Anyway, a guy who was starting up a new recipe web page contacted the moderators and asked us to send him some recipes so he could flesh out the beginnings of his website, recipezaar.com. He wisely did not want to just steal recipes, he was looking to create a recipe sharing site where people could freely exchange.
Sometime before that my wife Gretchen had seen an intriguing “Amish” Buttermilk Pie on a recipe segment of a local TV station. All she managed to do was copy down the list of ingredients. I used similar custard pie recipes to figure out the procedures and baking specifics. We loved it. But shortly after that, we lost the list of ingredients before we had recorded them elsewhere. They were scribbled on the back of some envelope.
At one point I put out a request for buttermilk pie recipes on the newsgroup.
I bet I gained ten pounds testing the various recipes that were shared but not one was as good as that original. Just when everything seemed hopeless I opened a cookbook and … there was the envelope!!!!!!
I did two things … made a pie to verify that yes, this WAS better than all the others, and then I wrote it down in several places. By some serendipitous accident, this was the precise time this gentleman was requesting recipes so I submitted it, as sort of a fail-safe. I forgot about this for about four years until a friend of mine noticed it on recipezaar and asked me about it. He said it had a bunch of positive reviews. I hadn’t even registered as a user yet … but I got signed up and got the recipe attached to my profile. Fame at last.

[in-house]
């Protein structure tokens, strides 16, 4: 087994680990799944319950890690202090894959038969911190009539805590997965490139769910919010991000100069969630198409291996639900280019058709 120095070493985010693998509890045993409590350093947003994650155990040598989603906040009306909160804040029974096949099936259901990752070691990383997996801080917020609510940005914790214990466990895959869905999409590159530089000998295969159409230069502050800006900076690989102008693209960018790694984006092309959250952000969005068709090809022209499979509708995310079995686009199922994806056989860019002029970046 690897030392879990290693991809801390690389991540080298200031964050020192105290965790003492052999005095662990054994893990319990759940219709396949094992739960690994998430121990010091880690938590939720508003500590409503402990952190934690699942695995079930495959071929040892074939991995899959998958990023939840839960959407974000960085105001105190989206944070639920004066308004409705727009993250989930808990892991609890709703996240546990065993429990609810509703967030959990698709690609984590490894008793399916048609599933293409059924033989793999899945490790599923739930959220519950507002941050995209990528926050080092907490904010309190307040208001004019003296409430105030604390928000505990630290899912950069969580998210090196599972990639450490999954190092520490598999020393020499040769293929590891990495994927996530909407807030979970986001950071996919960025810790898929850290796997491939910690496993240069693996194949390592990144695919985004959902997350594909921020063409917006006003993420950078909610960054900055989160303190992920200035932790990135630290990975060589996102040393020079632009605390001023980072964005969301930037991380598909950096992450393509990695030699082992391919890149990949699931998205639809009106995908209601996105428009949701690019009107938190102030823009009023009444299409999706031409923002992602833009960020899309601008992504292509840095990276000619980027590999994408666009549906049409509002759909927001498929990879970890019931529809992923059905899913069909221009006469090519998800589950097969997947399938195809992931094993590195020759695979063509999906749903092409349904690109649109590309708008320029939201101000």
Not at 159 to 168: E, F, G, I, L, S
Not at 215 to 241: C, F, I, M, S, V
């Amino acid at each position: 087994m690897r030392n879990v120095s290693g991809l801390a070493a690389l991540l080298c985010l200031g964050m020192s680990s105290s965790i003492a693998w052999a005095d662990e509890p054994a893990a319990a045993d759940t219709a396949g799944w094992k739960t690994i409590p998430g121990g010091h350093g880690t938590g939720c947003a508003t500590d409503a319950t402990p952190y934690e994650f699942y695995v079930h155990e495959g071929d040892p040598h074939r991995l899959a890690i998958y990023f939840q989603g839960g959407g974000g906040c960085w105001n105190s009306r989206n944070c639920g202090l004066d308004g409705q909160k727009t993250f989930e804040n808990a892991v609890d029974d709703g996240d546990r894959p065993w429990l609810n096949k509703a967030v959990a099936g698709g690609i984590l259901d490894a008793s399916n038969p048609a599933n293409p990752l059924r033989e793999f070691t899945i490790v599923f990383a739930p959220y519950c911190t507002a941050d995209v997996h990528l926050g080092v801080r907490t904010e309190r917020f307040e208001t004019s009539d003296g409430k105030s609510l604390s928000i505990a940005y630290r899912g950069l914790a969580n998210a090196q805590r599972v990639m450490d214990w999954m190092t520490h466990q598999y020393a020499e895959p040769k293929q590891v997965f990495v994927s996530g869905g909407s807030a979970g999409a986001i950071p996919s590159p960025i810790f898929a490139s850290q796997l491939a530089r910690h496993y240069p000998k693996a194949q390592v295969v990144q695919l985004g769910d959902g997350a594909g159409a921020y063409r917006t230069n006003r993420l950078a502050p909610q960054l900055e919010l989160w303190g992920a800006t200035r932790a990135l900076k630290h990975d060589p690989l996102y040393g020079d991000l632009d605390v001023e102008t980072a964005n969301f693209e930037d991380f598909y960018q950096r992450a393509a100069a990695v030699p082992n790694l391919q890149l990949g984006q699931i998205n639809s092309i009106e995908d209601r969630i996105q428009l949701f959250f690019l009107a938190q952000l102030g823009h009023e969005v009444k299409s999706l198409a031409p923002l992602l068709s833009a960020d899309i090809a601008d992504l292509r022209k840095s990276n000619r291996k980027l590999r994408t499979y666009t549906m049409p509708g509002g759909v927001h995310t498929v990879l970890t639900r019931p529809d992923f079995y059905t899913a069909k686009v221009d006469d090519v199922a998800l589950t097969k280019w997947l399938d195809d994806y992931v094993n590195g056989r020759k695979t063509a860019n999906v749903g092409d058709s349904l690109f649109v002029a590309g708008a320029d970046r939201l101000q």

This has continued to this day, but recipezaar was sold at some point, at least twice and possibly three times. The original recipe has survived intact, along with all the reviews. It is now the foundation of food.com.
All through its life, it has generally turned up first in searches for “Buttermilk” or “Buttermilk Pie” … and there is a reason for this. Food.com no longer prints recipe numbers but the previous websites did … this recipe is #56, which I am sure is used as a unique database identifier (I am an IT guy). A search with no other criteria will turn them out in numeric order. This is still the case. If you look at the link I provide below, you’ll still see “56” … this is 56 out of over five hundred thousand recipes.
Now … a couple of years ago I concocted a free promotional cookbook … a companion book to my novels and I decided to include the buttermilk pie recipe (with minor modifications).
In the past month, I have heavily promoted the cookbook, most of that on Twitter. So a few days ago when I received a message on Twitter about the pie I assumed it was from one of my thousands of new readers (seriously, this promotion month has been pretty good).
I probably confused her with portions of my response because I referred to other recipes and asked for a review. After a few messages back and forth she informed me she got it from food.com! With my big promotion, I didn’t even think about that location!
I call the recipe in the cookbook “The Best-Danged Buttermilk Pie” and it is listed as a customer favorite in the fictional cafe. I even mention that fact in the latest novel, LUCKY STRIKE.
I’ll tell you this … get it from the website or get it from the cookbook, I don’t care. Just GET IT. This pie is that awesome.